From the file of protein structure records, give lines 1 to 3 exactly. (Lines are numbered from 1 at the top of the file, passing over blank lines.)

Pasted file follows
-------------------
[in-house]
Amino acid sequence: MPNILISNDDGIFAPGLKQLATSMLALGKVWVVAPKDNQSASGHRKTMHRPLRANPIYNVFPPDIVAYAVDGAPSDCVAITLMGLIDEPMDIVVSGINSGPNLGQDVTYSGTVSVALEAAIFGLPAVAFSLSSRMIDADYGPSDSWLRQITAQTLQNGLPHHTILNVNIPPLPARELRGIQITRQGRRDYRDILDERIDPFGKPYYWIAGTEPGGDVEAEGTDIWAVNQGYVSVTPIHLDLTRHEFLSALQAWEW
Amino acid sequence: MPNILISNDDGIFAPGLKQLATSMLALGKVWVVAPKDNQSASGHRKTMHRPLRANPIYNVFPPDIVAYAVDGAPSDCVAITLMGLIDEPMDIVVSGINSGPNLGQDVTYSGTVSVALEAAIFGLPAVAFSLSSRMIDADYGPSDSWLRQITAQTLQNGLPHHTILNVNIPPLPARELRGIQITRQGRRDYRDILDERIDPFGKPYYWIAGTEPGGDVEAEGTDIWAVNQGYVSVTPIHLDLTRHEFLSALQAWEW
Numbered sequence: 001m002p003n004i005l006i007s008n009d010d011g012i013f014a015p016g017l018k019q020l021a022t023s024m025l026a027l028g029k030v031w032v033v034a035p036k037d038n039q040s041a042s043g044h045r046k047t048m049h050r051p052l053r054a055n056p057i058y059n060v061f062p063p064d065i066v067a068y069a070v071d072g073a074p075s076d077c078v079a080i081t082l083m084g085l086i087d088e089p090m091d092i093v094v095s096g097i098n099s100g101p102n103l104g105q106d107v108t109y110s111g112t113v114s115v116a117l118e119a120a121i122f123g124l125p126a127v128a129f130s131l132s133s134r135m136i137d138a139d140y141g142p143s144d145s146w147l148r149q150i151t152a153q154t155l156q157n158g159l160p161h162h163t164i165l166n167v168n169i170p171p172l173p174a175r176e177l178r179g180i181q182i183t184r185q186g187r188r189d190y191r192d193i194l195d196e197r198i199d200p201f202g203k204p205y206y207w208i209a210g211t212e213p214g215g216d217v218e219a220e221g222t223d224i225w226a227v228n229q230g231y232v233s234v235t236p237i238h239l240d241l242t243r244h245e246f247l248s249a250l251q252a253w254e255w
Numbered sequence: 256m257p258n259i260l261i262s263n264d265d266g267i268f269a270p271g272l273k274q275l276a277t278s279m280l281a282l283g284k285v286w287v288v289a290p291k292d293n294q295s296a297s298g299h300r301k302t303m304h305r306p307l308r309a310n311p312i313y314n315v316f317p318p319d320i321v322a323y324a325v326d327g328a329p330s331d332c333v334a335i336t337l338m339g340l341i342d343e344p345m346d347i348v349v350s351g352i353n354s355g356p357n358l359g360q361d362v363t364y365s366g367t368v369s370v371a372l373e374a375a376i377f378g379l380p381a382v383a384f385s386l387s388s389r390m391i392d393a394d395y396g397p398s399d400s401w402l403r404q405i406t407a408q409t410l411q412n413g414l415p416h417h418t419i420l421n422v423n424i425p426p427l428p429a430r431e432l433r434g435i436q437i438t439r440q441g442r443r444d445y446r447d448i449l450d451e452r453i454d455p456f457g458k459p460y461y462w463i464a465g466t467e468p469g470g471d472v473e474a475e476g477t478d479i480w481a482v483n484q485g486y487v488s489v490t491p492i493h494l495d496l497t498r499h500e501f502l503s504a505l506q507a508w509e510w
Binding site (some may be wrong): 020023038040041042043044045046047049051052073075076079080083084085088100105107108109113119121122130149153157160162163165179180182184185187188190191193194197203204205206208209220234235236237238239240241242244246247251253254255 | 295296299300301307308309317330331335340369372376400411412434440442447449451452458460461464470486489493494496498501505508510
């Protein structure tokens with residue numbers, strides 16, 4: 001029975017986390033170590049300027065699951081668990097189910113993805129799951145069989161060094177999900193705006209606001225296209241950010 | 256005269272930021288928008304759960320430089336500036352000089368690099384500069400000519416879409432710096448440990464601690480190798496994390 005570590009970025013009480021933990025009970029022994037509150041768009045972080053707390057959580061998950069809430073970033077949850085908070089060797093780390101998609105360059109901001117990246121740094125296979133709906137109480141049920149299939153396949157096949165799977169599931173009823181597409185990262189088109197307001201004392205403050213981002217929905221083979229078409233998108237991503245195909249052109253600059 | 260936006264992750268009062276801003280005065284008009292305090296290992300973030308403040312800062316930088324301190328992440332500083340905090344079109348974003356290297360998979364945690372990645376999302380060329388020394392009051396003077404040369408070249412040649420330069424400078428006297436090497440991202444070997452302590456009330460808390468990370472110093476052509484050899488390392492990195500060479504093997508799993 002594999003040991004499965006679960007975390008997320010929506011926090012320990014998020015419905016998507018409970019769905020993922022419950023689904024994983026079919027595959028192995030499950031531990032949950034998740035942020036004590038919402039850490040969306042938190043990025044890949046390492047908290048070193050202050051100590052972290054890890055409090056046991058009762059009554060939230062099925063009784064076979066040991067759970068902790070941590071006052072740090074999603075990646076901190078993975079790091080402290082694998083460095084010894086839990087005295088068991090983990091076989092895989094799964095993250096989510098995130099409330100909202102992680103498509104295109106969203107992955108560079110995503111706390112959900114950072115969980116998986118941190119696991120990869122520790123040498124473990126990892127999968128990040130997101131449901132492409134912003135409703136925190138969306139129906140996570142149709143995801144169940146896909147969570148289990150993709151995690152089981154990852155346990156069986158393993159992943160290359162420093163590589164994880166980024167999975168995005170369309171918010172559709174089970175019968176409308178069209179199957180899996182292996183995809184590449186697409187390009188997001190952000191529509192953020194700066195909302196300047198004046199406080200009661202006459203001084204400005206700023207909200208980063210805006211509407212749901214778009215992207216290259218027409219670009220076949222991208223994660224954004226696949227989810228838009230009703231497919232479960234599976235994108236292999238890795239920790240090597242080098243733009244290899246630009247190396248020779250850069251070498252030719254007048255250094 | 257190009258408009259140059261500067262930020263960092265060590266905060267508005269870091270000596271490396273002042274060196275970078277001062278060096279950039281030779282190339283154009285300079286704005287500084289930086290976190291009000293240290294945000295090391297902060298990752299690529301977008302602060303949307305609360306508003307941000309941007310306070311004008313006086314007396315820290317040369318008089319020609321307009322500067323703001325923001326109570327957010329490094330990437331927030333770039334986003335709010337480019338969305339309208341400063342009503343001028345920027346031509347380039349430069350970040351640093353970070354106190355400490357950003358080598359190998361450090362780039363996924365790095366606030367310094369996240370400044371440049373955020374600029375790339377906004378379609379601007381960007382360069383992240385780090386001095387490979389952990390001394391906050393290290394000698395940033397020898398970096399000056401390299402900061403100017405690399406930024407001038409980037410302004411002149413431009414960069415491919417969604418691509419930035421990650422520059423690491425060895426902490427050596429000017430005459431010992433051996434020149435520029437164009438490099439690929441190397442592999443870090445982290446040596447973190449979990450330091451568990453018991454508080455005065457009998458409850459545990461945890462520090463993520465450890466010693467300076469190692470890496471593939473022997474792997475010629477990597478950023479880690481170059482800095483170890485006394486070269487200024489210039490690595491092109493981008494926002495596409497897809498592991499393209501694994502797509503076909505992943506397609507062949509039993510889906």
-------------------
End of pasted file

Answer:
[in-house]
Amino acid sequence: MPNILISNDDGIFAPGLKQLATSMLALGKVWVVAPKDNQSASGHRKTMHRPLRANPIYNVFPPDIVAYAVDGAPSDCVAITLMGLIDEPMDIVVSGINSGPNLGQDVTYSGTVSVALEAAIFGLPAVAFSLSSRMIDADYGPSDSWLRQITAQTLQNGLPHHTILNVNIPPLPARELRGIQITRQGRRDYRDILDERIDPFGKPYYWIAGTEPGGDVEAEGTDIWAVNQGYVSVTPIHLDLTRHEFLSALQAWEW
Amino acid sequence: MPNILISNDDGIFAPGLKQLATSMLALGKVWVVAPKDNQSASGHRKTMHRPLRANPIYNVFPPDIVAYAVDGAPSDCVAITLMGLIDEPMDIVVSGINSGPNLGQDVTYSGTVSVALEAAIFGLPAVAFSLSSRMIDADYGPSDSWLRQITAQTLQNGLPHHTILNVNIPPLPARELRGIQITRQGRRDYRDILDERIDPFGKPYYWIAGTEPGGDVEAEGTDIWAVNQGYVSVTPIHLDLTRHEFLSALQAWEW